Criminal forfeiture is an action brought as a part of the criminal prosecution of a defendant. It is an in personam (against the person) action and requires that the government indict (charge) the property used or derived from the crime along with the defendant. If the jury finds the property forfeitable, the court issues an order of forfeiture.
For forfeitures pursuant to the Controlled Substances Act (CSA), Racketeer Influenced and Corrupt Organizations (RICO), as well as money laundering and obscenity statutes, there is an ancillary hearing for third parties to assert their interest in the property. Once the interests of third parties are addressed, the court issues a final forfeiture order.
Civil judicial forfeiture is an in rem (against the property) action brought in court against the property. The property is the defendant and no criminal charge against the owner is necessary.
Administrative forfeiture is an in rem action that permits the federal seizing agency to forfeit the property without judicial involvement. The authority for a seizing agency to start an administrative forfeiture action is found in the Tariff Act of 1930, 19 U.S.C. § 1607. Property that can be administratively forfeited is: merchandise the importation of which is prohibited; a conveyance used to import, transport, or store a controlled substance; a monetary instrument; or other property that does not exceed $500,000 in value.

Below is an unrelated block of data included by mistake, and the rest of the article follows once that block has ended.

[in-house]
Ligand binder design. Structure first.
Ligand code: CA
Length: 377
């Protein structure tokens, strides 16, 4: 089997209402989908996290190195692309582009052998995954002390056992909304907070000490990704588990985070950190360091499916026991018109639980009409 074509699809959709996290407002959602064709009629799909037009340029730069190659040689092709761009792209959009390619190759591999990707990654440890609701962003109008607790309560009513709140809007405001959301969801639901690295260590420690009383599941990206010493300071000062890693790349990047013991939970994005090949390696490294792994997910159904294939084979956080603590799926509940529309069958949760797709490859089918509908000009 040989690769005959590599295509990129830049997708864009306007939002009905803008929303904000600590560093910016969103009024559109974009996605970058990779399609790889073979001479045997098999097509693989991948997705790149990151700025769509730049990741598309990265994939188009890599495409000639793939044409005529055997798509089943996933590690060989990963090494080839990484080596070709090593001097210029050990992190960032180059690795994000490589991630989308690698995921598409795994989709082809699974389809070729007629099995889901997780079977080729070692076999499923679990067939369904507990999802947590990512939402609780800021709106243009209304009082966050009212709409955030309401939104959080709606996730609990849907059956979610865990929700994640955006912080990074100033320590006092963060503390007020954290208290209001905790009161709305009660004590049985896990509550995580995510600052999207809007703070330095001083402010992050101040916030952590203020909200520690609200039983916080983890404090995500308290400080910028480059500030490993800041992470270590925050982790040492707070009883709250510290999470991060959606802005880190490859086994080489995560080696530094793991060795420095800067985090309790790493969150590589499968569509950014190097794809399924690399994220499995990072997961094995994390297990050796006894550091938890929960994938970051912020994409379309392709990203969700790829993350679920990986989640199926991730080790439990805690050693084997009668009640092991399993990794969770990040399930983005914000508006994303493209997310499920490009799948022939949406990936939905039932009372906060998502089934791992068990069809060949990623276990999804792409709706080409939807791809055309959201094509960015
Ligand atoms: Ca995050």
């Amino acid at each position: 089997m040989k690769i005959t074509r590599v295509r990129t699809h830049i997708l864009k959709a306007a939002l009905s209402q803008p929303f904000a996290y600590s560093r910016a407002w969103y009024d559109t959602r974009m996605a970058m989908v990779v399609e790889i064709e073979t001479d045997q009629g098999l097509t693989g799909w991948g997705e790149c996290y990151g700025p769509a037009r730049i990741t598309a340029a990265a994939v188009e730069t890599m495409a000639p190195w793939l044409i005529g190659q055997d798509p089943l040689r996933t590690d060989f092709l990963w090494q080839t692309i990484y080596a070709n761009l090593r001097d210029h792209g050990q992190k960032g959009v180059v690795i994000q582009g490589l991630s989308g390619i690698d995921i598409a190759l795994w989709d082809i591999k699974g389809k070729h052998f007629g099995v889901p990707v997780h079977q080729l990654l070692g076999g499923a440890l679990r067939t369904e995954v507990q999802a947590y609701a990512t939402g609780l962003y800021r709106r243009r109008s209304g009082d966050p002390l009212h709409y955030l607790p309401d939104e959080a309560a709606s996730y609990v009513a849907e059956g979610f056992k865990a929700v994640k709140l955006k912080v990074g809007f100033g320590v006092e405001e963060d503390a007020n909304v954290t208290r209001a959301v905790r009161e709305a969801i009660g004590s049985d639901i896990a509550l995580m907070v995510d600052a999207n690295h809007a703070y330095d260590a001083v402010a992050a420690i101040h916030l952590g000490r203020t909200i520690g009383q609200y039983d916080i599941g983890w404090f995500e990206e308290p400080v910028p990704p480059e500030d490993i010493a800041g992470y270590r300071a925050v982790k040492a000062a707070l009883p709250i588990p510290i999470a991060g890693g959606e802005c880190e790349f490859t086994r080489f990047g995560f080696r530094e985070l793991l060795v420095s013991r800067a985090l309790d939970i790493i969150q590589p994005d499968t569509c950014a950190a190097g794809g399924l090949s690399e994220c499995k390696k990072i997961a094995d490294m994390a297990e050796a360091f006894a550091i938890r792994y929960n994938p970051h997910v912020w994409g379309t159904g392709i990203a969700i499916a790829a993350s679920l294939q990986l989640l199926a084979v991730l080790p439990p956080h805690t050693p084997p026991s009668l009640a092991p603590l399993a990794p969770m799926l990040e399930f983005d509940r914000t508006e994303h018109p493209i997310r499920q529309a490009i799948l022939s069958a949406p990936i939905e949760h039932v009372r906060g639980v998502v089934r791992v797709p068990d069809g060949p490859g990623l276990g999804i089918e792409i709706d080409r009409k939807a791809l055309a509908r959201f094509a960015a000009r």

Source: A Guide to Equitable Sharing of Federally Forfeited Property for State and Local Law Enforcement Agencies, U.S. Department of Justice, March 1994.
Updated: January 2013